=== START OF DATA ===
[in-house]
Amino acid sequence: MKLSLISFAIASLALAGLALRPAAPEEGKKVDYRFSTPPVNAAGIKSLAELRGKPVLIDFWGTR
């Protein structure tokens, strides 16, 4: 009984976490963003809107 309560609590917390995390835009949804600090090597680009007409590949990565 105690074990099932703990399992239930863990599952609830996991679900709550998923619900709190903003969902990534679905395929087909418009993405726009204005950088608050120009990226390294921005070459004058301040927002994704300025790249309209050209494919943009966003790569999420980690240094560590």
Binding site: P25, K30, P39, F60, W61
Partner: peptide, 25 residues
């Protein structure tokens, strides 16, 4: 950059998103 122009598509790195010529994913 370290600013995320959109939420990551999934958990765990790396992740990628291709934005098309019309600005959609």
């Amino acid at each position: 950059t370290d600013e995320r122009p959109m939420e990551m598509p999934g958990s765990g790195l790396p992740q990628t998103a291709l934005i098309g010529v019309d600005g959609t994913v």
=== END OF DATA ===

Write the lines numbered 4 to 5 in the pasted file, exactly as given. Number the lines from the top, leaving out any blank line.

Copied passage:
Binding site: P25, K30, P39, F60, W61
Partner: peptide, 25 residues